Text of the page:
Welcome to the final part of our 4 part series on us, helping you, take better care of your teeth. It is our mission that by the end of this series you will change some of your bad habits when it comes to your teeth. It doesn’t have to happen over night but with the sole fact you’re more aware, you are more likely to change. Enjoy!
Teeth Mistakes #16 – Skimping on calcium and vitamin D
Minerals and vitamins are building blocks for bones and teeth, of course, but they’re also key to maintaining their strength and density as we age—and these two are bones’ strongest allies. According to the National Osteoporosis Foundation, adult women need 1,000-1,200 milligrams of calcium and 400-1,000 IU (international units) of vitamin D per day from food, sunlight (for vitamin D) and supplements. Consult your GP on your nutrient needs and be sure your teeth and bones are getting the support they need.
Teeth Mistakes #17 -Getting addicted to juicing
Everyone loves juicing these days, whether it’s homemade juice or a fancy bottled variety. But while they might be packed with vitamins and other nutrients, fresh juices also bathe your mouth in everything from corrosive acids (in ingredients like lemon juice) to megadoses of sugar (the high levels of fructose in many green juices aren’t doing your teeth any favors). If you can’t bid farewell to your brightly-bottled health promises, do your best to minimize their damage to your choppers: rinse with water after acidic juices, and be sure to brush your teeth after those fruity sugar bombs.
Teeth Mistakes #18 -Using a brush that’s too hard
Like wooden toothpicks, hard-bristled brushes are tough-looking instruments that tend to cause more problems than they solve. Effective as they might seem, harder bristles can erode your enamel. We only recommend soft or extra-soft toothbrushes. Research indicates that your gums will suffer from tough brushes as well: A 2011 study published in the Journal of Periodontology found that while hard-bristled toothbrushes removed plaque, they were also more likely than softer brushes to cause gingivitis and tissue damage. Ouch!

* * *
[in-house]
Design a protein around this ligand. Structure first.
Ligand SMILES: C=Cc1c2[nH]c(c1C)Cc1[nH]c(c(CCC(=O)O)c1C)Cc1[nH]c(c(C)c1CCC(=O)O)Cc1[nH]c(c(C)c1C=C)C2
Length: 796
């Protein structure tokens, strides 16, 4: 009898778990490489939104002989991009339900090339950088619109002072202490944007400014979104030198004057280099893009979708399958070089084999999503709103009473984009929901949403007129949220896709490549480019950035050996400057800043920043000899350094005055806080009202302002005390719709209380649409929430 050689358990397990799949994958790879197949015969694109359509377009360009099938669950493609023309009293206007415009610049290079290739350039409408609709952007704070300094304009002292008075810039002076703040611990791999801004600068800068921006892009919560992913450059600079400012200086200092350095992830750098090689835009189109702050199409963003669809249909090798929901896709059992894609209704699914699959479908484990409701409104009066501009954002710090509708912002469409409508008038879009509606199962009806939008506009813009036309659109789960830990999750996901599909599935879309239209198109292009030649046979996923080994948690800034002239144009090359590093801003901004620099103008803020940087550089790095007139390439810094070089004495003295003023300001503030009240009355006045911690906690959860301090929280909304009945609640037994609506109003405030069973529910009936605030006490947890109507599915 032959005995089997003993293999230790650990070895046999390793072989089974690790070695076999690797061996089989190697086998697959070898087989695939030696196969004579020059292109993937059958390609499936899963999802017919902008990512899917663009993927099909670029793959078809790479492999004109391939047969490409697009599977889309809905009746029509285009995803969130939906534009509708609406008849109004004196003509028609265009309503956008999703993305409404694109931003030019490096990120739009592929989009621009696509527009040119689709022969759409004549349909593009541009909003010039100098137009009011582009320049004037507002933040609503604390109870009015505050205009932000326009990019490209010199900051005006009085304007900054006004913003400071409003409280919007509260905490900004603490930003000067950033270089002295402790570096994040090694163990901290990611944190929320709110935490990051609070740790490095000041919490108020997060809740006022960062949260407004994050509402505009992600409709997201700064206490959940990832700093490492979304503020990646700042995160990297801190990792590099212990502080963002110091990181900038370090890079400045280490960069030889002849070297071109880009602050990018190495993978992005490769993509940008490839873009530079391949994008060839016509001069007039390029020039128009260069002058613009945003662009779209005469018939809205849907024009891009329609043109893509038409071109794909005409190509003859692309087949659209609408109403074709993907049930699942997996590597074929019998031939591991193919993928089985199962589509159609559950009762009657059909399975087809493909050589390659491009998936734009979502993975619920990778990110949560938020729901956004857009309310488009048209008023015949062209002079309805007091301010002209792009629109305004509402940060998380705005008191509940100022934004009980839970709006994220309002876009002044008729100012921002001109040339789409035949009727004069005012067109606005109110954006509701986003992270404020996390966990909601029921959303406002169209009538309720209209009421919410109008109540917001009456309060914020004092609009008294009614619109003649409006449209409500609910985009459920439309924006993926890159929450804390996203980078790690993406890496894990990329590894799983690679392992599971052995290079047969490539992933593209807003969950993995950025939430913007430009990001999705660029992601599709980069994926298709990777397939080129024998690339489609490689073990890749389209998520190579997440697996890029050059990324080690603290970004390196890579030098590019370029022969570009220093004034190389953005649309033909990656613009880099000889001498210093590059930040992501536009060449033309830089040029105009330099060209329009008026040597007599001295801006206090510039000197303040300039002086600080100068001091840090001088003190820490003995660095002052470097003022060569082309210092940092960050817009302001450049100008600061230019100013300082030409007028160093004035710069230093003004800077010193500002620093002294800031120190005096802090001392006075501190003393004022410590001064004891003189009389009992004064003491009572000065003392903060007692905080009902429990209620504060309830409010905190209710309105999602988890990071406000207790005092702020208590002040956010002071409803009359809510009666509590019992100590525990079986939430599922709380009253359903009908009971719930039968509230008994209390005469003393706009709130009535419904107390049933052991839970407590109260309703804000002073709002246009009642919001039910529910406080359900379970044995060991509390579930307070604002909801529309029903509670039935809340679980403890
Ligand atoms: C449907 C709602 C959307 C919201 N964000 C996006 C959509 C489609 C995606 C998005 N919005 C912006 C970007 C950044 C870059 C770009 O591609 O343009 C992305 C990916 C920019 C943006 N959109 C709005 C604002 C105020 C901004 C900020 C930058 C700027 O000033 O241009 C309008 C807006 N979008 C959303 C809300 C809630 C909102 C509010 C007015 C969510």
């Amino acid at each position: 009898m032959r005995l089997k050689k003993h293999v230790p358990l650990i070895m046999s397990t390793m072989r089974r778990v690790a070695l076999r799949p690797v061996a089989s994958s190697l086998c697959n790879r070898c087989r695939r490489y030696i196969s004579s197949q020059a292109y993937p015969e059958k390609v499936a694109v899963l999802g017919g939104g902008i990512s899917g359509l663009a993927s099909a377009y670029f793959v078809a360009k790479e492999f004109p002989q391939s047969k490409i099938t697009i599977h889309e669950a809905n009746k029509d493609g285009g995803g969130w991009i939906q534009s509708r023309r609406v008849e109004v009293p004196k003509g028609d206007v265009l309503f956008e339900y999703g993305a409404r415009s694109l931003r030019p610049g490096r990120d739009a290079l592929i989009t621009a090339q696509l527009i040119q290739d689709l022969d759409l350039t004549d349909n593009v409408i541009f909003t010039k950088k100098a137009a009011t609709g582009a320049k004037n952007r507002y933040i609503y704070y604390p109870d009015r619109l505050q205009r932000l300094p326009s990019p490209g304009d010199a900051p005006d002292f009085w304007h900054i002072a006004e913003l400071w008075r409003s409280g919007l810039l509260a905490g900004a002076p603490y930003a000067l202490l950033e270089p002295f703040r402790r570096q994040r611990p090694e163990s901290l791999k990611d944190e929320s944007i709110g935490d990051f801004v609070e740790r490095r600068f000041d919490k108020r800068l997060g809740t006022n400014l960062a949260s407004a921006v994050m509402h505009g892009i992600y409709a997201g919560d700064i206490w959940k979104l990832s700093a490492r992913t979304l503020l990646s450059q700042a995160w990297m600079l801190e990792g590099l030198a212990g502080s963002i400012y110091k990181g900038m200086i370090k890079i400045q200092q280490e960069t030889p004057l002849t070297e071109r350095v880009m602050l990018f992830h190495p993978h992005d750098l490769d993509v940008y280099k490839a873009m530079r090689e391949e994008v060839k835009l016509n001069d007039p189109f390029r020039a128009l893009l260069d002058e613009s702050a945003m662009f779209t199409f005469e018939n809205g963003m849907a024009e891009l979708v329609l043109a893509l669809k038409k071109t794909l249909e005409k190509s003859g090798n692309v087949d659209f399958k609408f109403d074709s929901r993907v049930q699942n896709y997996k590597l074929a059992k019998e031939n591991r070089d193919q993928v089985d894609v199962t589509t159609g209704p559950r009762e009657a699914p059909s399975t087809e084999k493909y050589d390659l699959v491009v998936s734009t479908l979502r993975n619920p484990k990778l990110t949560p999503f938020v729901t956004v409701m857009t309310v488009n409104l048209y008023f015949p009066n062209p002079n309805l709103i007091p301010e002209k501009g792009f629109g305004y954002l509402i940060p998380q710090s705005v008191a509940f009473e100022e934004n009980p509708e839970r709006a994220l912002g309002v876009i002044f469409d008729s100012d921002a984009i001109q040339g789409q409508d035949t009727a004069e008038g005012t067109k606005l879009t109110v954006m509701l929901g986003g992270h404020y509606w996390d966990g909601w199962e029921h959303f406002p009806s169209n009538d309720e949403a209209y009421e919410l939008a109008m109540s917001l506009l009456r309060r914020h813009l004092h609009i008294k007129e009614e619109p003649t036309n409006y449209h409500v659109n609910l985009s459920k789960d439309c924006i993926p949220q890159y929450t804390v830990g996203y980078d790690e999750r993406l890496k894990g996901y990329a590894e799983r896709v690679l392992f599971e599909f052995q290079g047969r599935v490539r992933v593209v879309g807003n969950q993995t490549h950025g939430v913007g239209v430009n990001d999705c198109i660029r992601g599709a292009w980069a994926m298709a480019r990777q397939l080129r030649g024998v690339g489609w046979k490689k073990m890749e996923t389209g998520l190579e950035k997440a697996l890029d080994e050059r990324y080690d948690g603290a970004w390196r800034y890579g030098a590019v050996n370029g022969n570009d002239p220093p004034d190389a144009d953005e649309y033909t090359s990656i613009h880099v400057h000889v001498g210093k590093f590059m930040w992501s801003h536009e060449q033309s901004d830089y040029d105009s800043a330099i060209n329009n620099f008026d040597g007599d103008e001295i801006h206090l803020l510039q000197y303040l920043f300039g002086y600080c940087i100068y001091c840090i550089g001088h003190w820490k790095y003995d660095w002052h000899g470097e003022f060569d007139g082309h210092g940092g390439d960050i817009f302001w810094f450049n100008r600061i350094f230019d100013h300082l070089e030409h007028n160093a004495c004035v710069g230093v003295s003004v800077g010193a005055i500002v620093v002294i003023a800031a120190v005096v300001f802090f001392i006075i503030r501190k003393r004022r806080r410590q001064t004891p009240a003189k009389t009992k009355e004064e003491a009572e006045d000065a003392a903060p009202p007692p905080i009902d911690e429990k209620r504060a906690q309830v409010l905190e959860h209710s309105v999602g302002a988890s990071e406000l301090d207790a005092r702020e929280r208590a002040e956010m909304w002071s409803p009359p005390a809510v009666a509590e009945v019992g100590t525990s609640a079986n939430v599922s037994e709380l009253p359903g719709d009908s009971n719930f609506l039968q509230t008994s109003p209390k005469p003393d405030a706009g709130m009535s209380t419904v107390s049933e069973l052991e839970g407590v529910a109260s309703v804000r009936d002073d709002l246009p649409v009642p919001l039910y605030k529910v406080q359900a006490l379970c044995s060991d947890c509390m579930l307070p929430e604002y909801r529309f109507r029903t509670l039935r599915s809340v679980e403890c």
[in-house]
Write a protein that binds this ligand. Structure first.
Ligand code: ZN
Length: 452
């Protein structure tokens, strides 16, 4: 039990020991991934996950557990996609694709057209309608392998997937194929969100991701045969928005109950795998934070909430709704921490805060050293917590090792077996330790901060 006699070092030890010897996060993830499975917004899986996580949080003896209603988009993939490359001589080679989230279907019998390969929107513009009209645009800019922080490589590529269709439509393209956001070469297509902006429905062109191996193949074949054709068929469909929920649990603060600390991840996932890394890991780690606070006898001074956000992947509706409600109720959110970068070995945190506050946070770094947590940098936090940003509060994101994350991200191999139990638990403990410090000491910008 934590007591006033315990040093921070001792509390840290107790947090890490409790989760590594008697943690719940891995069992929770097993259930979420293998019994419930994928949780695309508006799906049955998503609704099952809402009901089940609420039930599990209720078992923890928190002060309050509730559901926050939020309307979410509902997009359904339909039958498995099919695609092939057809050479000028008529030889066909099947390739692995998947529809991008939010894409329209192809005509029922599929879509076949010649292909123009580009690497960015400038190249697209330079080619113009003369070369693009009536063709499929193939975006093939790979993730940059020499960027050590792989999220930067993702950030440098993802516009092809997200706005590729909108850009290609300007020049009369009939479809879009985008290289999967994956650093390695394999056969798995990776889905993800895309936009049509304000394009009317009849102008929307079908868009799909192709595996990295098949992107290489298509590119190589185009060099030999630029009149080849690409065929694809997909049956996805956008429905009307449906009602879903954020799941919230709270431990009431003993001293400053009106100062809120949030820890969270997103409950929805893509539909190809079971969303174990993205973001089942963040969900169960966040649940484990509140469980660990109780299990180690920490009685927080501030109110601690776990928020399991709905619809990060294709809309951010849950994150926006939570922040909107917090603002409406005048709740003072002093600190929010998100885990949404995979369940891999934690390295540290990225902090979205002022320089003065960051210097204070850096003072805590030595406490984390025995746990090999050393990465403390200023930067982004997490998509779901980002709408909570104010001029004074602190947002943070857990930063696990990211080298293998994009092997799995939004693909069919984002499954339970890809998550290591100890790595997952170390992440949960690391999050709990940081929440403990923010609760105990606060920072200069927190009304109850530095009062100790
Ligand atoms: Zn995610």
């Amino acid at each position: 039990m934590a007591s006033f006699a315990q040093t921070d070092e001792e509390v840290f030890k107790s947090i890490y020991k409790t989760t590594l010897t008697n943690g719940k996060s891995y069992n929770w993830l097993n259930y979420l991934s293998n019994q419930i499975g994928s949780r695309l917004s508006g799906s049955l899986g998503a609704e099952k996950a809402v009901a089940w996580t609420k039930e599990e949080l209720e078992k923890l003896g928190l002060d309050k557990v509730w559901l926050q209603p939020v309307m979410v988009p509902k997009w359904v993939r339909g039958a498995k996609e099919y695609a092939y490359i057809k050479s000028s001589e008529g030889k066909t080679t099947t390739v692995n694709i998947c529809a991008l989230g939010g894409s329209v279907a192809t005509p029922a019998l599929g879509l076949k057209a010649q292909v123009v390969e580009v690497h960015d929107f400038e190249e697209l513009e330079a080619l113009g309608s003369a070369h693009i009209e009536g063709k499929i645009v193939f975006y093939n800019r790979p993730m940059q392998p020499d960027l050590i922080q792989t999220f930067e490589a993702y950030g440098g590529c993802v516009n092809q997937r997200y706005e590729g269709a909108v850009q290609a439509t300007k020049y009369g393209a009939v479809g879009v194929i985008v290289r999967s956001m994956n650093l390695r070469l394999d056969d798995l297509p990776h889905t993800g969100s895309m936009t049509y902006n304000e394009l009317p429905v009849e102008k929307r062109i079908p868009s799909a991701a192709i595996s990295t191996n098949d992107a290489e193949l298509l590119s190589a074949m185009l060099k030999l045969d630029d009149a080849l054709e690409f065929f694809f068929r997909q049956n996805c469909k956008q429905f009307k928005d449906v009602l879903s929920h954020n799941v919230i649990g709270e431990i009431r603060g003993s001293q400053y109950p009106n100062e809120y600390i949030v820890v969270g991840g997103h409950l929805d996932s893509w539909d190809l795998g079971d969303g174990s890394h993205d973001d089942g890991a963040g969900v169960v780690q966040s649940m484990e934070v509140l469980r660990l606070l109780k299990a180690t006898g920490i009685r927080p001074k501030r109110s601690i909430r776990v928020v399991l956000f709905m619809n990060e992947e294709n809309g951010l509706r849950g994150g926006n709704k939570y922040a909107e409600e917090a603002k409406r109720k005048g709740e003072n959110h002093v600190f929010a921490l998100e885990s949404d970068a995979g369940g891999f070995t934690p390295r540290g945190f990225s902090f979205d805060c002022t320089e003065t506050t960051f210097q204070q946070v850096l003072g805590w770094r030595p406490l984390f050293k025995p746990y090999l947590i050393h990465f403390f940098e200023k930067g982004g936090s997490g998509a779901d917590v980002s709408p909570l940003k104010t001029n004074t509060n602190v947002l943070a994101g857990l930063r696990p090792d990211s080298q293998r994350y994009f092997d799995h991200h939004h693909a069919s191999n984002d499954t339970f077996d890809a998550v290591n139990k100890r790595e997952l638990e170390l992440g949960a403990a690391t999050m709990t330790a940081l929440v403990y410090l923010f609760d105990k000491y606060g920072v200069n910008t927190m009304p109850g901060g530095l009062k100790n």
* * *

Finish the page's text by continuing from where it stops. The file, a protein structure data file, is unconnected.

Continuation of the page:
Teeth Mistakes #19 -Reaching for the wrong mouth rinse
There are as many ways to wash that gunk right out of your mouth as there are types of gunk to have in your mouth. “Cosmetic” rinses, for example, will merely control bad breath and leave you with a pleasant taste in your mouth. Therapeutic rinses with ingredients like antimicrobial agents and fluoride, on the other hand, can actually help reduce gingivitis, cavities, plaque, and bad breath. (Fluoride rinses aren’t recommended for children under 6, as they might swallow instead of spitting.)
Teeth Mistakes #20 -Drinking soda (yes, even the diet stuff)
Isn’t it enough to kick sugar to the curb and indulge in sodas without it? We won’t go so far as to say it’s as bad for your teeth as meth addiction, as a report (on one subject who drank two liters of soda per day and already had poor dental hygiene) did in 2013. But you should know that all acidic drinks—regular sodas, diet sodas, even sports drinks, according to a 2008 study—can cause tooth erosion. Does that mean giving them up once and for all? Indulging ourselves doesn’t always mean doing what’s best for your teeth, of course, but knowing how habits affect your body is the first step in being happy and healthy. We’ll raise a glass of (fluoridated) tap water to that.
There you have it. We have to admit that even we aren’t perfect and we make the same mistakes as everyone else. However, now that everyone is more aware we will be able to help you take better care of your teeth – outside our Hamilton dental office.
If you have any questions, give us a call or come see us!